There’s an old story about a man who lives in a cave and stares at a wall for his entire life, seeing only the shadows of those outside the cave. He thinks this is everything there is. Then, one day, he gets up and goes outside and sees the world in a whole new light, because he realizes that those shadows were actually trees and animals. His eyes are opened to a world of possibilities that was always there, but just out of sight. This story might best describe the way I felt after seeing Spirited Away for the first time.
Because of traditions and history, Japanese art, television, film and animation are quite different from what we’ve become used to in America. Story structure is completely different. Strange beasts and fables which we’ve never heard of come to life on the screen. Castles live in the sky, parents turn to pigs and our neighbors are actually giant hamster-like creatures. To say that the work of Studio Ghibli embodies creativity, is a gross understatement.
In this series, you’re going to hear three names come up rather often. Let’s start with the two you’re less likely to know.
Isao Takahata was born in October of 1935 and lived through World War II, even surviving a massive air raid at the age of nine. He went to the University of Tokyo, graduating with a degree in French Literature, something I’m sure was super lucrative in Japan at the time (NOT). While searching for a job in French Literature, because there are lots of them, he was told by a friend of a job at Toei Animation as an Assistant Director. He applied and was hired. After competing with his co-workers for a time, he finally directed his first film, Hols: Prince of the Sun, which was an epic flop. He, along with other animators, including a young Hayao Miyazaki left the animation studio to strike out on their own. Eventually, Miyazaki and he would part ways for a time as Miyazaki directed Nausicaa of the Valley of the Wind. This would lead him to open the doors of Studio Ghibli at which time, he and Takahata would join together in the effort to create the new studio.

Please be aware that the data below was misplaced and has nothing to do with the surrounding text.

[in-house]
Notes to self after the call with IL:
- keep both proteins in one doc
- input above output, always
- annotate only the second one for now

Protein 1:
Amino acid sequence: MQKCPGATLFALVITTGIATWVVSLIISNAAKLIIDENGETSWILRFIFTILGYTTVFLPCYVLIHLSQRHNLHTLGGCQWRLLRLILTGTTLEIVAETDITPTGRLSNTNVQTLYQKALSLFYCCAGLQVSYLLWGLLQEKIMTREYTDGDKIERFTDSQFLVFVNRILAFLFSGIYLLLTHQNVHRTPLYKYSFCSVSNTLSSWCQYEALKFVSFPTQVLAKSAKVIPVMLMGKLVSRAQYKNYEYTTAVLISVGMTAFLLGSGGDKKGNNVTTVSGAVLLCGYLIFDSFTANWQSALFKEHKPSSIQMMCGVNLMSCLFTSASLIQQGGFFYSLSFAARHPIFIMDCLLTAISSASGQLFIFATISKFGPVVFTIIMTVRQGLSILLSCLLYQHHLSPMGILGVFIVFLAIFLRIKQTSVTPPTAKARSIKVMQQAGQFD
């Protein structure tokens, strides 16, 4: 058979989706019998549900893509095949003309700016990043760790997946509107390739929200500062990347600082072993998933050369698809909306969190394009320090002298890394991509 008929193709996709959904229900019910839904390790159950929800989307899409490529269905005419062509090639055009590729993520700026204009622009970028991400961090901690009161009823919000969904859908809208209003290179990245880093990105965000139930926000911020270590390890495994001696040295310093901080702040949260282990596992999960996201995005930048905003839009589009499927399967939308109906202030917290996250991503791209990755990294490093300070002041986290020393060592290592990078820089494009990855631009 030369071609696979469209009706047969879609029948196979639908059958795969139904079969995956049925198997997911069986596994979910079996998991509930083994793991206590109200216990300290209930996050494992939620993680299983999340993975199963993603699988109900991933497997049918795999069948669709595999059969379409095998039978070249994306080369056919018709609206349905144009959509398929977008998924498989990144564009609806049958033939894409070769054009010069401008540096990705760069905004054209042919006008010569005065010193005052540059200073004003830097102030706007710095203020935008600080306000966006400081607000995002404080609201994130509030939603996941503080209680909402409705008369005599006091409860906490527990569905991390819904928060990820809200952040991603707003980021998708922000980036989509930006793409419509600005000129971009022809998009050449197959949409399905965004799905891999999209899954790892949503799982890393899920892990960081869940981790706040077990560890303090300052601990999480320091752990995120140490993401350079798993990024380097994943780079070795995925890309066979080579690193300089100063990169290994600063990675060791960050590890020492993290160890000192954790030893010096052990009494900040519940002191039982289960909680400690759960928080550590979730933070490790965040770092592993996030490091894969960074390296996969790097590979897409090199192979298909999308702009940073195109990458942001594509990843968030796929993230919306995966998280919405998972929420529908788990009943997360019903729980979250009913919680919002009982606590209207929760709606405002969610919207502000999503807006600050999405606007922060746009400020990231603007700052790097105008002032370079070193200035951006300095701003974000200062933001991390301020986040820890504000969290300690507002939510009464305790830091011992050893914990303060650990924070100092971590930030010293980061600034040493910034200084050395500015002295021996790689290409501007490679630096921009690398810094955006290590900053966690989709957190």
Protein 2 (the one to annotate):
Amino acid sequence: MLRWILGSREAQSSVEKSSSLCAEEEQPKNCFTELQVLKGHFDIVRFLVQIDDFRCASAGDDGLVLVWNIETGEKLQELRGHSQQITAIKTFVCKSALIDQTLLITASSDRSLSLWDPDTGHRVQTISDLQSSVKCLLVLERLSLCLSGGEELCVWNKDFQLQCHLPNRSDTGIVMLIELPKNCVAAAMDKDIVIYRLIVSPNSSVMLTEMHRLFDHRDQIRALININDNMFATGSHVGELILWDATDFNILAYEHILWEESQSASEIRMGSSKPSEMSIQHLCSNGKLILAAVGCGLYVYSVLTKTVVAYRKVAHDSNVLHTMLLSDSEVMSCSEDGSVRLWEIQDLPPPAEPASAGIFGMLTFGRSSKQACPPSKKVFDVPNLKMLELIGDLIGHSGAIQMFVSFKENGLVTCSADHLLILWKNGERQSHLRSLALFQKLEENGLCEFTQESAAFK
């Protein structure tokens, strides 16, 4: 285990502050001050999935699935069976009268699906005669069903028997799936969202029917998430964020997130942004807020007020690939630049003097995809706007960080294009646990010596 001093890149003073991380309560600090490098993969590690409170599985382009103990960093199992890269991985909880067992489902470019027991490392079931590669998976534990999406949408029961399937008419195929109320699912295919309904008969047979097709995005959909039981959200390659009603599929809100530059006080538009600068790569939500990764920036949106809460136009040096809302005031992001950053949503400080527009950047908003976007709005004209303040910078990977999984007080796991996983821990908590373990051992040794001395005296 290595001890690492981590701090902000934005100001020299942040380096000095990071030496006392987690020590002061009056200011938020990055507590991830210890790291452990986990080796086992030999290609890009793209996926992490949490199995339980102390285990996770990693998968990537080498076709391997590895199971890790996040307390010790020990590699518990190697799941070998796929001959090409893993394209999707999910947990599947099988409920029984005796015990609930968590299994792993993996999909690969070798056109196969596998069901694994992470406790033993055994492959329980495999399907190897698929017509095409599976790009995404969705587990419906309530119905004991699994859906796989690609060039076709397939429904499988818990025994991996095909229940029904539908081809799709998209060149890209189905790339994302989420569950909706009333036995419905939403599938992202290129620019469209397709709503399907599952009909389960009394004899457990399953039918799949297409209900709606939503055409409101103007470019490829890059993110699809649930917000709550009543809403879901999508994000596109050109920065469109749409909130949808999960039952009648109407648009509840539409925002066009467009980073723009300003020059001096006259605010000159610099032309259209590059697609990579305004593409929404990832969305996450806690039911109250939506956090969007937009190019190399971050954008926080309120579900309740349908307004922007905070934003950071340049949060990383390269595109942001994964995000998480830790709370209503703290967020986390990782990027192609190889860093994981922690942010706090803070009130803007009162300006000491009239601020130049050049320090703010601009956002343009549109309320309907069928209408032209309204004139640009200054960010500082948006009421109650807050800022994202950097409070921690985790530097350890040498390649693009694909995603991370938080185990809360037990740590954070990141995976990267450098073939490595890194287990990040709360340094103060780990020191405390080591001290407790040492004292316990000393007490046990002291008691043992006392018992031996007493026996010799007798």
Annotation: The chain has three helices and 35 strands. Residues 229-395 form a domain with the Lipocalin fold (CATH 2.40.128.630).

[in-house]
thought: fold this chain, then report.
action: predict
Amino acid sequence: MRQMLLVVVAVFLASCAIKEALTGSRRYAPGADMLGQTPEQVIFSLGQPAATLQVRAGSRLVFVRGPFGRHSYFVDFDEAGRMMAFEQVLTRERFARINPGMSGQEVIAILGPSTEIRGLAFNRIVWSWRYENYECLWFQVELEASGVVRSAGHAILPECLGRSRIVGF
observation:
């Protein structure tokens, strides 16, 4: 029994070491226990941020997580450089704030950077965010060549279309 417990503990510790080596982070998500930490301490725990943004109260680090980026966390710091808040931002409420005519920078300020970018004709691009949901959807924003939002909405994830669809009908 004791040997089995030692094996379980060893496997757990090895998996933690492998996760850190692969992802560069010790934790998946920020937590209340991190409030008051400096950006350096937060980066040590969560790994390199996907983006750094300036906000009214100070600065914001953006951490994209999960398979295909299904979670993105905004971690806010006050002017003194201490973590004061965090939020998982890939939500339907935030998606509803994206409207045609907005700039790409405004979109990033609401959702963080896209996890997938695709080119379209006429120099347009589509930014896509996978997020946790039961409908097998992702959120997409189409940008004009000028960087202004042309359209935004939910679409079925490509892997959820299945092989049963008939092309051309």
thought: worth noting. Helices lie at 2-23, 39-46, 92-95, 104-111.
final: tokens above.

Toshio Suzuki originally started his career working on a magazine in the comics and entertainment department. While there, he would touch toes with many of the greats of the time; Shigeru Sugiura, Osamu Tezuka and Kazuo Kamimura. As he moved up the chain in editorial work, he would eventually ask for an article from Takahata and Miyazaki, concerning their work on Hols: Prince of the Sun. The two men declined, but this was a relationship fated in the stars. Eventually, Suzuki would reproach Miyazaki. This would eventually lead to the creation of a manga series called Nausicaa of the Valley of the Wind. In its success, they would create an anime film of the series, which would be the start of Studio Ghibli. Suzuki would go on to be the predominant producer at the studio.
And of course, the man we all know so well. After all, Hayao Miyazaki is synonymous with Studio Ghibli. Born in January 1941, Miyazaki also started his career at Toei Animation, where he would meet a mentor and someday a rival, Isao Takahata. His directorial debut, Lupin III: The Castle of Cagliostro, would not garner much success, but it would gain him some traction in the animation world. It wasn’t until his manga series Nausicaa of the Valley of the Wind was turned into an anime that he would finally co-found Studio Ghibli and begin his trek down the path of becoming a legend.